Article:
Unless you're particularly lucky, most people have had a job they knew wasn't the right fit. Of course, there are the natural growing pains that come with exploring your fields of interest, especially if you're new to the whole job market scene. Almost everyone has had to go through the employment rite of passage where you utterly hate your job, like the summer you worked in the mall or that time you were the assistant to an absolute jerk. But what about when it's more than that? There are some
signs you're in the wrong career.
Beyond the obvious red flags, say your employer is about to file for bankruptcy or you consciously hate your job, there are other, less obvious signs that the field of work you're currently in may not be the right one for you. Clearly time doesn't have a pause or rewind button, so why waste any more of that precious commodity in a position that is totally wrong for you?
Although it can be scary to step out of your comfort zone and try something different, the end result could be a huge payoff and mean an entirely new career path full of new opportunities. So here are some signs you're in the wrong career and what you can do about it.
1 You've Lost Your Drive
New jobs tend to follow the same pattern of new relationships. The beginning is so fresh and exciting, then you settle into a routine. And — if it's wrong for you — you fall
out of love but aren't sure how to cut the ties. "If you’re not doing what you love, you will never tap your true potential," Lynn Taylor, an author and expert in career development, told Forbes. "It will just continue to be ‘a job,’ and eventually each day will seem more of a grind.”
So what do you do once you've realized you have zero passion for your job? Carol Roth, a former investment banker, told
The Fiscal Times that it's a good idea to make sure this is more than a creative slump before you burn any bridges and take a short sabbatical or some time off to rethink things. That way you don't wake up the day after you quit with a large dose of regret. 2 You're In Over Your Head
Though the first day on the job and the process of learning the new ropes at your work can be daunting, if you continue to feel like you're shakily walking on a tightrope, you might be in over your head. Drew Hendricks, a marketing professional, told
Inc, "if you're not good at your profession, even though you work diligently and try to keep pace, maybe the real problem is that it's just not for you."
Once you know that you're at the wrong job because it wasn't the right match, what's next? "
Stick to your guns," Anna Lundberg, a business consultant, told Business Inside. "Recruiters call with tempting job titles, my parents worry about my pension, clients want full-time support . . . but I know now that I’m the only one who knows what’s right for me." 3 You're At A Standstill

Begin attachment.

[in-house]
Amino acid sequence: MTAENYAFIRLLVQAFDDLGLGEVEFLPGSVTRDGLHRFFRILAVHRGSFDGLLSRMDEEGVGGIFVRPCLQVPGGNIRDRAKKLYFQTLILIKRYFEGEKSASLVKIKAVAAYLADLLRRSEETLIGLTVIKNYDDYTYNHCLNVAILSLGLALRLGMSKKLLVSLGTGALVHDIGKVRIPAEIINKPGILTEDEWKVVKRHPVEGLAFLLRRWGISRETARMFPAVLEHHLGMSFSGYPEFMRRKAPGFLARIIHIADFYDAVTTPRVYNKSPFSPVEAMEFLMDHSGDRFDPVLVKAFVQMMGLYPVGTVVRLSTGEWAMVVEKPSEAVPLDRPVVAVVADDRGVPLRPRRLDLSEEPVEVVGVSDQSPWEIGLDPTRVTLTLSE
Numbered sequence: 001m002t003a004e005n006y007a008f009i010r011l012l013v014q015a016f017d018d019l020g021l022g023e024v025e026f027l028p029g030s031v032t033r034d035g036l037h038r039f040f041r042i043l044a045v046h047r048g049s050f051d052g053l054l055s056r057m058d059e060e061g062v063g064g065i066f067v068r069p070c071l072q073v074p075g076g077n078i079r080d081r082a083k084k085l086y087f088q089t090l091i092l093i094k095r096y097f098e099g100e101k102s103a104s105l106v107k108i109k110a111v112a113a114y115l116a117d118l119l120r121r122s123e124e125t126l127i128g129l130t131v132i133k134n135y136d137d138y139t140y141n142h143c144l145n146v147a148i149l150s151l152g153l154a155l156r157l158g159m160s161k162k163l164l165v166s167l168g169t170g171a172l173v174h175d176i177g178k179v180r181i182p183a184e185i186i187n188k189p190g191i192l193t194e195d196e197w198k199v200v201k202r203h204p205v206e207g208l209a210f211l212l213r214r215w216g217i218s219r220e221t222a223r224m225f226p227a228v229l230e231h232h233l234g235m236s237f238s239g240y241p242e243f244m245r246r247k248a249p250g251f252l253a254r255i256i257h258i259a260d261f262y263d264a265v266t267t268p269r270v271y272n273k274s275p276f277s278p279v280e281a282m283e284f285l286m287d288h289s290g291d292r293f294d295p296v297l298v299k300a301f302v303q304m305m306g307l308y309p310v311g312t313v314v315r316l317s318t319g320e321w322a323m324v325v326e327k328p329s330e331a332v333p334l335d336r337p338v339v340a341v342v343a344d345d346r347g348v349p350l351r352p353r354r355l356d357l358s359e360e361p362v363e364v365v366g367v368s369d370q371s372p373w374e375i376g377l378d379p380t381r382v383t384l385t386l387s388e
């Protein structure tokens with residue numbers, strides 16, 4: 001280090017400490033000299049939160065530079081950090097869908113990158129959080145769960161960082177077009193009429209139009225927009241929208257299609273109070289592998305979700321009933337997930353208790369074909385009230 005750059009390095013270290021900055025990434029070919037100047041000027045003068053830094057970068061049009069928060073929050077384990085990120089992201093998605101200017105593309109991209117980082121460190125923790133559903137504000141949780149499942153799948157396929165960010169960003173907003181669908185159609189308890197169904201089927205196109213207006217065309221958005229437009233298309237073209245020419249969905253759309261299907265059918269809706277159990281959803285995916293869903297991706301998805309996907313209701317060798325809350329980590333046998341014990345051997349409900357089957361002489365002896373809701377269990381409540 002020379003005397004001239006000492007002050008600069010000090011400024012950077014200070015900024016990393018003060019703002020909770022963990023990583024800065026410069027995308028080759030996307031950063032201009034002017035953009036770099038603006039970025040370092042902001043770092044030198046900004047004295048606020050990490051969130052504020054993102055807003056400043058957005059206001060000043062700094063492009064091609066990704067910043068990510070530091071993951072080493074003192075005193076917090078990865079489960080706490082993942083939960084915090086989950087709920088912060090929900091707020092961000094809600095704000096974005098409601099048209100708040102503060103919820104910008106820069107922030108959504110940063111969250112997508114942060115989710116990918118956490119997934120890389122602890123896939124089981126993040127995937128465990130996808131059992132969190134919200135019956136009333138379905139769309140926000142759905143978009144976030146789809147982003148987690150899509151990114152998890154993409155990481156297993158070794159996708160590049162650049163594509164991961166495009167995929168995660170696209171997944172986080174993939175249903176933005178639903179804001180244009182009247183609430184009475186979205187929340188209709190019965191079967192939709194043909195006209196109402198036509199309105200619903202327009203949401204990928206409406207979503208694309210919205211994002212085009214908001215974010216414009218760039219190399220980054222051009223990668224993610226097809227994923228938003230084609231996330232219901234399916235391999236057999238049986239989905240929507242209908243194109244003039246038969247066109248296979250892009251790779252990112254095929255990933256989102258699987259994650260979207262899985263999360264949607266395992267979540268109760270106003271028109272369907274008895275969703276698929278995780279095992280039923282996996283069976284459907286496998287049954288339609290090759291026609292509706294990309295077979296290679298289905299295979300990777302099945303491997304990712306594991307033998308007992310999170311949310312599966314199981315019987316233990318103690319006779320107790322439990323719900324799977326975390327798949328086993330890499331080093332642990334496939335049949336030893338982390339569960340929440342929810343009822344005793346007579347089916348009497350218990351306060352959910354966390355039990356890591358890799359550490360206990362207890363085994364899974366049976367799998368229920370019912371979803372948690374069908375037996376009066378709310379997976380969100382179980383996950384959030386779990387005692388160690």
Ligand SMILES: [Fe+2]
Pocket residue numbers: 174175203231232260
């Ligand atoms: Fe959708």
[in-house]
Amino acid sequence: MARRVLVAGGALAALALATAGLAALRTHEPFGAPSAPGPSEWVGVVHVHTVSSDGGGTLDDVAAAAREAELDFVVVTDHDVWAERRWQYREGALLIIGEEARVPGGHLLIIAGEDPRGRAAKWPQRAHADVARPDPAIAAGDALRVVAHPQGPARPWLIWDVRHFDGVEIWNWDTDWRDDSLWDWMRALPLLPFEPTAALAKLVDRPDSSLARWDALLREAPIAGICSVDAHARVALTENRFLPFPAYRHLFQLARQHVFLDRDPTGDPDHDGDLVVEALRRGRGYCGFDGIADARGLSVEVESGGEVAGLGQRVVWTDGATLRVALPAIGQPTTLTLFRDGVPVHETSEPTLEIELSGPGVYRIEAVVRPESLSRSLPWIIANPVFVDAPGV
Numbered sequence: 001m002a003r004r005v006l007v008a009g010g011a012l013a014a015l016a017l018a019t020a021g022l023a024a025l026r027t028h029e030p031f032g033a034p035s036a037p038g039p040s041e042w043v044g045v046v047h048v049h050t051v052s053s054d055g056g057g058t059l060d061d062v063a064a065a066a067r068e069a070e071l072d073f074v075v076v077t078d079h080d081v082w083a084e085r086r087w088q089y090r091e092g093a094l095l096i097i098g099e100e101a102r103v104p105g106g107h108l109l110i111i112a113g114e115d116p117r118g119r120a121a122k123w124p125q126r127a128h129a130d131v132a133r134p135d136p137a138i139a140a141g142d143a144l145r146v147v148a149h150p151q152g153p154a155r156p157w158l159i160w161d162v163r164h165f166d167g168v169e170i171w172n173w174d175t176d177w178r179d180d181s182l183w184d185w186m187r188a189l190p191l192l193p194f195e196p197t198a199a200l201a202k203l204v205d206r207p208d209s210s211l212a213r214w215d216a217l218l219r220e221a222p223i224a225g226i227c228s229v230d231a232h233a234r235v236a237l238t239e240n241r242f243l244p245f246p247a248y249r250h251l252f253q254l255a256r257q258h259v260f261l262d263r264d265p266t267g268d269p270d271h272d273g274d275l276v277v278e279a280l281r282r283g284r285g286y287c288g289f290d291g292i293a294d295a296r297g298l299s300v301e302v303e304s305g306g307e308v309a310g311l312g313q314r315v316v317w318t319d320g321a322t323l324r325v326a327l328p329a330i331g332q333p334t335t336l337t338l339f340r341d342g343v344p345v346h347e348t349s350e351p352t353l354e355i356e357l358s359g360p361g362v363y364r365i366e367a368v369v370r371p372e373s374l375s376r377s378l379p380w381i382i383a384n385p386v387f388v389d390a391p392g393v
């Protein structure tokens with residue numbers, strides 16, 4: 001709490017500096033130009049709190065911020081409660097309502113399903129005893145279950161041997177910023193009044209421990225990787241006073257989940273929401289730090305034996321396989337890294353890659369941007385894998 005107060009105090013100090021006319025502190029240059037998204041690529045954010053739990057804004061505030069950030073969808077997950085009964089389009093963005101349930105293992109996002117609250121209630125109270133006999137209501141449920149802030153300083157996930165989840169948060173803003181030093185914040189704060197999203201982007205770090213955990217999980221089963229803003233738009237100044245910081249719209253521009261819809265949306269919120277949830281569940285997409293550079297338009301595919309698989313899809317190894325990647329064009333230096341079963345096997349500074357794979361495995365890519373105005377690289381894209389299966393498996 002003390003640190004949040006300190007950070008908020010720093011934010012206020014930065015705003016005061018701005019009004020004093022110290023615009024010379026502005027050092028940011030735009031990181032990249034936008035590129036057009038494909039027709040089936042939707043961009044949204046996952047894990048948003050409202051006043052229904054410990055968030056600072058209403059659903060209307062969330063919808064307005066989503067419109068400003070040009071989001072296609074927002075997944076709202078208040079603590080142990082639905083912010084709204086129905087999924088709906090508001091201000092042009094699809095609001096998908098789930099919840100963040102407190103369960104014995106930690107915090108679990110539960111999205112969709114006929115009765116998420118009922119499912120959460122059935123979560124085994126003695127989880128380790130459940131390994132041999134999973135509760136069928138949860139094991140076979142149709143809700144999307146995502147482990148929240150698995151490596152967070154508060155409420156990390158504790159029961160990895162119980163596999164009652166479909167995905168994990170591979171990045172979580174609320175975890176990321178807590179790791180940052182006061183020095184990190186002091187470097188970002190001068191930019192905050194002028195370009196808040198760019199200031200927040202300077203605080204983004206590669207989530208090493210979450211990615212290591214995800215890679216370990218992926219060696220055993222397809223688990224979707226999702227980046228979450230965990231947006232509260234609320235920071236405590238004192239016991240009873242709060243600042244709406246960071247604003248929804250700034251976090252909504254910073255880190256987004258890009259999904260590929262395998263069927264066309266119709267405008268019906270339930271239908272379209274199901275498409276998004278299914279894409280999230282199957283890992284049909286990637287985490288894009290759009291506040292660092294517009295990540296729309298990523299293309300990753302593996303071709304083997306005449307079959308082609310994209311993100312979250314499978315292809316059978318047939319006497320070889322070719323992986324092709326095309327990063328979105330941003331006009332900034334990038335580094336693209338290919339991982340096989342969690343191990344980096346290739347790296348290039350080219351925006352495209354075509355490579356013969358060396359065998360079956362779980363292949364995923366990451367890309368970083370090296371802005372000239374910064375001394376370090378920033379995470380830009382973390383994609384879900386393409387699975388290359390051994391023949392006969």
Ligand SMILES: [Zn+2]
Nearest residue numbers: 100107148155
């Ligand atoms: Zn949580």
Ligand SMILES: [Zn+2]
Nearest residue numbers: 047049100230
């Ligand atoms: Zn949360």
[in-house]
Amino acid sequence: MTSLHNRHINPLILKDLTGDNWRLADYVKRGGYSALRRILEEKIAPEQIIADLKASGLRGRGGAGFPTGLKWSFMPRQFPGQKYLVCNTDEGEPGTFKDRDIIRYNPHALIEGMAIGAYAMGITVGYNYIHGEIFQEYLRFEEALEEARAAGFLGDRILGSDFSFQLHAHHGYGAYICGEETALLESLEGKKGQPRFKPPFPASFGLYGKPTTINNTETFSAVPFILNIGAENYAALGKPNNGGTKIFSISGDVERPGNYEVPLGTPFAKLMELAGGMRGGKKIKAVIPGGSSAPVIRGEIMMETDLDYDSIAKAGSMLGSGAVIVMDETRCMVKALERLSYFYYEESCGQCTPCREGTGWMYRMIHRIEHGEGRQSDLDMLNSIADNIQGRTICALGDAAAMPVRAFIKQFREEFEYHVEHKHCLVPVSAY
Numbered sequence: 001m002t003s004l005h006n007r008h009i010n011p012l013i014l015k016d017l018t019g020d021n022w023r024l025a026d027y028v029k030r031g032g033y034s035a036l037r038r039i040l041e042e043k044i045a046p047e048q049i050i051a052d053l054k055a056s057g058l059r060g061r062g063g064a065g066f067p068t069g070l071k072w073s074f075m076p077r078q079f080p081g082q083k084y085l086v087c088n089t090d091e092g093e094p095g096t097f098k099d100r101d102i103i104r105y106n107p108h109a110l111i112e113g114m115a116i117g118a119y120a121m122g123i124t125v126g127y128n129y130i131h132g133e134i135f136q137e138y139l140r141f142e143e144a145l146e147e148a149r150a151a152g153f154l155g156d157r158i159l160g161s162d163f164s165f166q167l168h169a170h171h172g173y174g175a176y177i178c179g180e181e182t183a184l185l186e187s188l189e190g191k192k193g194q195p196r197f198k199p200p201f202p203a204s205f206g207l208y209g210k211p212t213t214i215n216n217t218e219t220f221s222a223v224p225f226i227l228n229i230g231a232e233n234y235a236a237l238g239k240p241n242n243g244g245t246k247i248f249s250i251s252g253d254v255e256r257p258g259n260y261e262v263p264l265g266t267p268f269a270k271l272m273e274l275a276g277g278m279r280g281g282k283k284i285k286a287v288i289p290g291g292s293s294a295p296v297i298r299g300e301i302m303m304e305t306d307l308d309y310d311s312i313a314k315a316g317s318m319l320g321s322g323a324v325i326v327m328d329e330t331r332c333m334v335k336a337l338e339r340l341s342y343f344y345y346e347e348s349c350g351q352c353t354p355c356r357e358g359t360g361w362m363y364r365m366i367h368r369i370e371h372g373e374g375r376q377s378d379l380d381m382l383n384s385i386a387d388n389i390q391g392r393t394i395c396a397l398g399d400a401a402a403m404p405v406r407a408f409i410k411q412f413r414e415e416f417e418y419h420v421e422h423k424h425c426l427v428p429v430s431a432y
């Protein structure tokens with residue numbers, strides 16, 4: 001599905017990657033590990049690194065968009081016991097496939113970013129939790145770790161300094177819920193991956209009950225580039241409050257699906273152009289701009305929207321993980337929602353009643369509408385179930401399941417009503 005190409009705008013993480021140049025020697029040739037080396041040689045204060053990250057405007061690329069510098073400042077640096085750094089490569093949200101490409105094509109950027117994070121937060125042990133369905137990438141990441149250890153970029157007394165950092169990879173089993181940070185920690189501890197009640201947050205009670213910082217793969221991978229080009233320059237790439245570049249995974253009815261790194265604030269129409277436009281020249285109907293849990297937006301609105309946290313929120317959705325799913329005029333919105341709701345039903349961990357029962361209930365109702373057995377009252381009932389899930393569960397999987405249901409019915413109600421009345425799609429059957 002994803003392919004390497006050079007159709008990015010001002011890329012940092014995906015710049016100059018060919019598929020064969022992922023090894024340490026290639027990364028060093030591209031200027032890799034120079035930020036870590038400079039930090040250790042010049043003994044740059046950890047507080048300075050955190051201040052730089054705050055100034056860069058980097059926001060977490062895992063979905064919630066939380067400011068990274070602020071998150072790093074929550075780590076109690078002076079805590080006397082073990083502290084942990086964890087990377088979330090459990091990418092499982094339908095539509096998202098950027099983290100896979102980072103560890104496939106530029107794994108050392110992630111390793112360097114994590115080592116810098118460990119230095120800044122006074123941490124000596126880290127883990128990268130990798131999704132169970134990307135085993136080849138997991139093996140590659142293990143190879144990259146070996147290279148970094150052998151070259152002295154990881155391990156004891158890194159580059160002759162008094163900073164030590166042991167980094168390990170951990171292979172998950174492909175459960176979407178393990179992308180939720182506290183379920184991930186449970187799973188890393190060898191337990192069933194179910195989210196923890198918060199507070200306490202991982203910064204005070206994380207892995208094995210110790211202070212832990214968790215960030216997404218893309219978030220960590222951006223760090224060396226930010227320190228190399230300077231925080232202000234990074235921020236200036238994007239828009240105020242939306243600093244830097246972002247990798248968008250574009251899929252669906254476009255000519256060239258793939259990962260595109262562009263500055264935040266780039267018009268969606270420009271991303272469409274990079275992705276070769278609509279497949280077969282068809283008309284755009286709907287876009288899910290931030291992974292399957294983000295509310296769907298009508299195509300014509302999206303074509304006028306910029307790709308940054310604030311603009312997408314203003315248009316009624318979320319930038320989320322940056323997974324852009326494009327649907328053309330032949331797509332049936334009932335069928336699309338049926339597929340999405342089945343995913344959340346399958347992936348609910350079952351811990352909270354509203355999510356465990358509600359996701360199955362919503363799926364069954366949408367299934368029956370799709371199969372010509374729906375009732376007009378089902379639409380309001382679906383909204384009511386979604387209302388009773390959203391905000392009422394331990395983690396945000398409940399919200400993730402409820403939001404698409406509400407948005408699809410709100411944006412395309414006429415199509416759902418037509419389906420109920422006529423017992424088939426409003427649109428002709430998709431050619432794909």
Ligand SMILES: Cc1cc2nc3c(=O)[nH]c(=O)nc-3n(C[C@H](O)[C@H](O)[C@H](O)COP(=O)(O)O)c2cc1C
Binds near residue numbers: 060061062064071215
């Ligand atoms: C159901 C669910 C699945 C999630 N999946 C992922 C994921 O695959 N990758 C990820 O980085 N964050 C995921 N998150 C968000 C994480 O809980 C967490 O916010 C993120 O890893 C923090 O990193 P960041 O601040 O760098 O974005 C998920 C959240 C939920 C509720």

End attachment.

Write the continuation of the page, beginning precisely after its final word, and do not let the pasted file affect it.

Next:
If you feel like you're just treading water in your current field, it could be more than just reaching a plateau. "You’re stagnating at work and
under-utilizing your skills to the point of atrophy," Amanda Frank, a specialist in marketing communications, told Monster. "It’s a bad sign if you’re losing the stuff that makes you stand out professionally."
Just like the old saying, if you don't use it you'll lose it, how do you get out of a situation where your unique skills are withering? "Be prepared to
propose any realistic changes that would make your current job better," career expert, Alison Doyle, told Job Search. "Employers have been known to make all kinds of changes to retain strong performers including promotions, reassignment to other bosses and changes in job duties." Sometimes you can be in the wrong career, but an honest discussion with your boss could open new doors at the same company. 4 You're Permanently Daydreaming
Spending more time thinking about
new jobs than you do about your current job could be a sign you're in the wrong place. "Do you oftentimes sit back and wonder what life would be like had you changed your major in college and chosen a different career path?" entrepreneur Michael Price told The Huffington Post, You may have chosen the wrong job or career."
If you've made the choice to find something more fitting, don't completely disregard the experience you had at your previous job. "A new position is an opportunity to do things differently," marketing strategist, Miriam Salpeter said on AOL Finance. "It's a fresh start and a chance to
take any lessons from your past job and apply them to your next career move." 5 You're Miserable Mentally & Physically
It's one thing to hate your alarm clock, but when you dread going to work with such intensity that the stress is starting to take a toll on your health, you might want to rethink your field of work. Teri Hockett, a transitional career expert, told
Forbes, "when the work, people, or culture is unhealthy, and it has a negative impact on you physically and mentally . . . it’s time to get out."
The first step is to take care of you and get yourself back into good health. Many people wait to quit until they have a new job ready, but often that just delays your much-needed exit from your current career. "If you feel you’re in a toxic work environment and appealing to your manager doesn’t resolve your problem, you may be smart to leave," according to
US News. "That way, y ou can recover and focus on a job search from a more stable situation."